John Hopkins University Researchers may have found a new drug to treat memory loss in Alzheimer’s patients. A study reported in NeuroImage:Clinical documents the potential for low doses of antiepileptic levetiracetam to halt the progression to dementia—one of the worse outcomes of Alzheimer’s disease.
Quieting the brain can improve cognitive functioning
Levetiracetam is a drug used to treat epilepsy. It works by quieting hyperactivity in the brain. Sustained hyperactivity in the brain causes the epileptic seizure. Hyperactivity in the Hippocampal area of the brain has been found to cause amnestic mild cognitive impairment (aMCI). Patients with aMCI tend to experience memory loss at a much higher level and earlier in age than would normally be the case. Further, aMCI has been proven to be a predictor of ultimate advancement to Alzheimer’s disease. Therefore, researchers wanted to discover if using an existing drug known to calm the brain in epileptics might also impact cognitive impairment.
Levetiracetam improves memory
The research study consisted of a total of 84 subjects in a double-blind random trial. Seventeen of the subjects were in the control group. The remainder were already showing symptoms of pre-dementia memory loss. Various levels of the drug were administered, as well as a placebo. Patients were asked to complete tasks while an MRI scan monitored brain activity. The results were very encouraging. The MRI scan showed that as the drug diminished hyperactivity in the hippocampus, memory improved. When given low doses of levetiracetam those cognitive tasks that rely on the hippocampus were more easily accomplished.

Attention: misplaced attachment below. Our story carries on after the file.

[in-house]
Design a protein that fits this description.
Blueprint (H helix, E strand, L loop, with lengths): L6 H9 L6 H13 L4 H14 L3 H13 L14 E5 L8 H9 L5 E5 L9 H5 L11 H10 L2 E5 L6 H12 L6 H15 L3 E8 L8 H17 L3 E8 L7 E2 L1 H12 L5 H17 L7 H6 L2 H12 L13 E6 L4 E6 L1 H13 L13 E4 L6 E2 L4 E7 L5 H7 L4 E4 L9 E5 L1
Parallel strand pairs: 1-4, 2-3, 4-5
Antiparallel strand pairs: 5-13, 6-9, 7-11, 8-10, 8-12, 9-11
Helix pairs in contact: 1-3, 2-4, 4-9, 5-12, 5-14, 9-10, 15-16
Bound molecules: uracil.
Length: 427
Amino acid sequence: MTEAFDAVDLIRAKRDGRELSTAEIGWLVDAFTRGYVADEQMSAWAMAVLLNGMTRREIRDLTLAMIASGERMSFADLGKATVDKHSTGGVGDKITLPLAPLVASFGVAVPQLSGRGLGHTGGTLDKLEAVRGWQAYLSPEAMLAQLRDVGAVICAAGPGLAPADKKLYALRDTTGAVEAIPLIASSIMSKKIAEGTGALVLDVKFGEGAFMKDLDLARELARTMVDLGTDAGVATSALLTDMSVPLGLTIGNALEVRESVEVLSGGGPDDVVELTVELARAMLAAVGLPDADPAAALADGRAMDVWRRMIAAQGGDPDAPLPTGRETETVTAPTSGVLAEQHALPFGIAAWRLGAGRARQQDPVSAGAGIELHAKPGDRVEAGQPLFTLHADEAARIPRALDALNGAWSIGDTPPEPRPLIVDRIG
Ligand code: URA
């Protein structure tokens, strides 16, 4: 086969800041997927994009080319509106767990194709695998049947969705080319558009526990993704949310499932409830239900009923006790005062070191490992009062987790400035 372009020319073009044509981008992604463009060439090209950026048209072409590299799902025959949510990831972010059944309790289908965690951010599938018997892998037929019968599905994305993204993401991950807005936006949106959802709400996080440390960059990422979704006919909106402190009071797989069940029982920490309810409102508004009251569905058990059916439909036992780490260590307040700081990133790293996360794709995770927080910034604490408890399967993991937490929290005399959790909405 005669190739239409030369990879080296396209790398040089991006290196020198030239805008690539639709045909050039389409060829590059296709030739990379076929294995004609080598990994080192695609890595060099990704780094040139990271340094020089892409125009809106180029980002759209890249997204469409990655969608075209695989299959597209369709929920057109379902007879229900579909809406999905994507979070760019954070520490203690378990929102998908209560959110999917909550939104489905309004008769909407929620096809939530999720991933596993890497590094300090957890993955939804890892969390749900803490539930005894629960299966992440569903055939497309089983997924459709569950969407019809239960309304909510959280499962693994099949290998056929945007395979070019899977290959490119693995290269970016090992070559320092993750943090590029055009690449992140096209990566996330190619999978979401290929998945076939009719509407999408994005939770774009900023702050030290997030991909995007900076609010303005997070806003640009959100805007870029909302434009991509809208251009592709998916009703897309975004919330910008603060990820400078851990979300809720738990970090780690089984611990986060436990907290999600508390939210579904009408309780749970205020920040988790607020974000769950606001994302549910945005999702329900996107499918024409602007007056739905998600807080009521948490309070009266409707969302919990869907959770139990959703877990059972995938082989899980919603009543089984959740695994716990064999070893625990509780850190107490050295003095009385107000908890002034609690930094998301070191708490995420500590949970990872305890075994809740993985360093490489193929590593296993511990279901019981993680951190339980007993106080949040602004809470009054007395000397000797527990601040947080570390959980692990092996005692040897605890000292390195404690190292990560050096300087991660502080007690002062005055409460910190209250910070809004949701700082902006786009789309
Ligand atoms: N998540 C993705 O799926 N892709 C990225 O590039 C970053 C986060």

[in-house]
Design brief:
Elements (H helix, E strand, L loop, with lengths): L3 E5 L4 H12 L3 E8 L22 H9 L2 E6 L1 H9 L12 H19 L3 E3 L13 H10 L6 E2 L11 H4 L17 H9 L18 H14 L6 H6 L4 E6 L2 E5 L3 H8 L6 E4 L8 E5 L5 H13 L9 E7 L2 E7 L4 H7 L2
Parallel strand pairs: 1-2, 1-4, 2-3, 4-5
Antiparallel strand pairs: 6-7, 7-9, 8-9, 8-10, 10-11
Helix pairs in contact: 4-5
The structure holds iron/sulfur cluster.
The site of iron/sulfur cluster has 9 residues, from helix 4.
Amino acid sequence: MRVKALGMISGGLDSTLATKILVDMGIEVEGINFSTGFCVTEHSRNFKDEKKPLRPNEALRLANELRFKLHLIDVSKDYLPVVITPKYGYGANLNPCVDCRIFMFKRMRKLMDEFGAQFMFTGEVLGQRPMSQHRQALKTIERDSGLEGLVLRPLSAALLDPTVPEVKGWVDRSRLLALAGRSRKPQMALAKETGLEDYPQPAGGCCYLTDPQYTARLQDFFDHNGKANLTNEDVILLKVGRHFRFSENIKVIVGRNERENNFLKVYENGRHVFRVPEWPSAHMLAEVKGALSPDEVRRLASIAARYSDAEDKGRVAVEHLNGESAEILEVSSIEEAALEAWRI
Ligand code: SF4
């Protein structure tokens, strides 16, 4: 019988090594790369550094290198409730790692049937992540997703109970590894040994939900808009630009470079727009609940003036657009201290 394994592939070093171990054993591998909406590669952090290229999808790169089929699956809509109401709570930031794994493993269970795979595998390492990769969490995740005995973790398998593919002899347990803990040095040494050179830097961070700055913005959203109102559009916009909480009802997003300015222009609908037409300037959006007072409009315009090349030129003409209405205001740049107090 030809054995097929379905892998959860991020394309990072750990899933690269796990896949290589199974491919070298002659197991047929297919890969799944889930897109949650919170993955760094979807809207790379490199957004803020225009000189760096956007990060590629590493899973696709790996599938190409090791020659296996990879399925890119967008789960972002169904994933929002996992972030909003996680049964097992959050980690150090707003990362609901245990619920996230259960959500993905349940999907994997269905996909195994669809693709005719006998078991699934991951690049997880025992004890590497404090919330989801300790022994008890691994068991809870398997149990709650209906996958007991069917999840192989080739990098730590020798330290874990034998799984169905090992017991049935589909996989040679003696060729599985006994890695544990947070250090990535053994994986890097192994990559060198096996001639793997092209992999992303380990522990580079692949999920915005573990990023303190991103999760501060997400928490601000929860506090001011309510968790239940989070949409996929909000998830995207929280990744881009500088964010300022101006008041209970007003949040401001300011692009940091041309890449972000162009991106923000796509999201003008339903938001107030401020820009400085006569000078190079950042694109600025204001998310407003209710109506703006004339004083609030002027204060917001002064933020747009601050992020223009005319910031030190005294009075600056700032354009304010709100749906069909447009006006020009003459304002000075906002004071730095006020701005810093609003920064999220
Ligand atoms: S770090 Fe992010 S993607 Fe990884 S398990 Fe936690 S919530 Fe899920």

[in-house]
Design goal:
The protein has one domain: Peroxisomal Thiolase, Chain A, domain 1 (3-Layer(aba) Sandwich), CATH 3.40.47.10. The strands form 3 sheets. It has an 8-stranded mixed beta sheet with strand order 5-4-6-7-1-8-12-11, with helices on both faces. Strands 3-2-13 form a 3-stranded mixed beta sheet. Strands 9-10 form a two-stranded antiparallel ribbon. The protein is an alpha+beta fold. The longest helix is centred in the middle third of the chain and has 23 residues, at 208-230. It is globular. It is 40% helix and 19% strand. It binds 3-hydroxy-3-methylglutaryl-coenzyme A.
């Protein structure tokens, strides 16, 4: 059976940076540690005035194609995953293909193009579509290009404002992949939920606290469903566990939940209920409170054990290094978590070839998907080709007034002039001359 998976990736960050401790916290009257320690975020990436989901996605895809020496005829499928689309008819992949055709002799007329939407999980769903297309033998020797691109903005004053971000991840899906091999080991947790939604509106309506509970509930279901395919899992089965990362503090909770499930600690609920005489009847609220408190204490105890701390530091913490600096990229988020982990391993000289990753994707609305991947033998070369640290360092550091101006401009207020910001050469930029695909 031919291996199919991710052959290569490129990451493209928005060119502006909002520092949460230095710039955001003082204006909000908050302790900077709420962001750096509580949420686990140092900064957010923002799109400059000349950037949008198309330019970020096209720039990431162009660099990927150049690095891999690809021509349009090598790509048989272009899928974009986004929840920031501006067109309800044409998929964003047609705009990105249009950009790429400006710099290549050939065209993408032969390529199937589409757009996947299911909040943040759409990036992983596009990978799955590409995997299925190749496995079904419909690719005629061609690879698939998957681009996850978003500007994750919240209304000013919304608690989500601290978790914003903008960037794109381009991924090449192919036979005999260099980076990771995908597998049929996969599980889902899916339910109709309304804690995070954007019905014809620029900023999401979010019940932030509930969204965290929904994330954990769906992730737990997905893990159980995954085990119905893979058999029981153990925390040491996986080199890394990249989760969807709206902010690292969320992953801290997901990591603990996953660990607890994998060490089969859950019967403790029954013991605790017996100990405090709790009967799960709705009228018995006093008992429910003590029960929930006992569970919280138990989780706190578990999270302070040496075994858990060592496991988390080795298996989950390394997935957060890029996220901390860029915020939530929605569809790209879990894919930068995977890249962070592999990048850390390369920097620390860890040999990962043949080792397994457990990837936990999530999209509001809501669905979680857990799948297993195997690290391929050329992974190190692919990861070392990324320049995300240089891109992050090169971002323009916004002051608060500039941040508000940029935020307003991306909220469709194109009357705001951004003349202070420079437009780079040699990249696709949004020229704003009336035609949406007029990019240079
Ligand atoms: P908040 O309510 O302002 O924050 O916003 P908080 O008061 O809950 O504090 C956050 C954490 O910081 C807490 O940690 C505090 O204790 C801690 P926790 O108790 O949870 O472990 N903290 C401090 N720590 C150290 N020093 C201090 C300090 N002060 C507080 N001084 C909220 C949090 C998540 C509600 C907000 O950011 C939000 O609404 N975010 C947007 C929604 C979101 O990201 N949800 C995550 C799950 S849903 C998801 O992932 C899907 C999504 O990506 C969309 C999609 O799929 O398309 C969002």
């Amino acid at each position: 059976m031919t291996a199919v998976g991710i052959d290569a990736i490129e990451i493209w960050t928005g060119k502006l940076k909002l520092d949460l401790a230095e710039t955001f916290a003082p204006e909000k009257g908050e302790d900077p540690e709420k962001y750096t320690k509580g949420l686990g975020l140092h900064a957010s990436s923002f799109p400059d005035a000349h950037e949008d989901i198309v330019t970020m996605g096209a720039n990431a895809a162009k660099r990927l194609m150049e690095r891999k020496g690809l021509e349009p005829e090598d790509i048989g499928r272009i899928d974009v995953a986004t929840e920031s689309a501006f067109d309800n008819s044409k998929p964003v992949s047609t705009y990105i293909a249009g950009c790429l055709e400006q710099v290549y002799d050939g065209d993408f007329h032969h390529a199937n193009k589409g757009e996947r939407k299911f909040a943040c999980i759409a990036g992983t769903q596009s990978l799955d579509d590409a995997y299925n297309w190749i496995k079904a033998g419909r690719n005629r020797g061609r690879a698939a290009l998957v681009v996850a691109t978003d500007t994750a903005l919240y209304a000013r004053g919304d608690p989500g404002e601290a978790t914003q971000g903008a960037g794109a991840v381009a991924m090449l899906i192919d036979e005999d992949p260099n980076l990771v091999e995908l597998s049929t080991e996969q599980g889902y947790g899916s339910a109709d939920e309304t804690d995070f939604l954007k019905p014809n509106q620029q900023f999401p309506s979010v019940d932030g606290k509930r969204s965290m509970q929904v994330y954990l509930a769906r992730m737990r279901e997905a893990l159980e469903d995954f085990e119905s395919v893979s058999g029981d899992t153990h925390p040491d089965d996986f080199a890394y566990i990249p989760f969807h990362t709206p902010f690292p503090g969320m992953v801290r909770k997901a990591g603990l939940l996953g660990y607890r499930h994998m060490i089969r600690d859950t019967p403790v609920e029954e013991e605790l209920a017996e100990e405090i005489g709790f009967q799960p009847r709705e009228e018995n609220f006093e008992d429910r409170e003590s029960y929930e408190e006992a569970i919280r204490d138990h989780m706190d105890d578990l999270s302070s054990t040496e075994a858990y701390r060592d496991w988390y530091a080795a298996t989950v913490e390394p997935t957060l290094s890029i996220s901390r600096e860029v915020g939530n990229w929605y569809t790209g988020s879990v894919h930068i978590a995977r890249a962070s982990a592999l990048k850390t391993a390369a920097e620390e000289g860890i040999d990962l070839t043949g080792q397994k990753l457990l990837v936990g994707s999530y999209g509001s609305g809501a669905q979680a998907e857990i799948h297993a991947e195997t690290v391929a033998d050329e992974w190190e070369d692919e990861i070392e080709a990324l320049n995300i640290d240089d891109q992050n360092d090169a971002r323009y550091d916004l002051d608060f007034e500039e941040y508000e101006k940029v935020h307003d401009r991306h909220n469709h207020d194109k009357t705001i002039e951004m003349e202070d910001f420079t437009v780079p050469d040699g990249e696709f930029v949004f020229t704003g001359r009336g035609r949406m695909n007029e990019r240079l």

Promise of a brighter future
Next step for researchers us to determine if long-term use of the drug can halt further cognitive decline, and most importantly, if it will save the patient from Alzheimer’s disease. For the millions of Alzheimer’s disease sufferers, a drug that will allow them to hold on to their memories will be an incredible turning point for them and their families.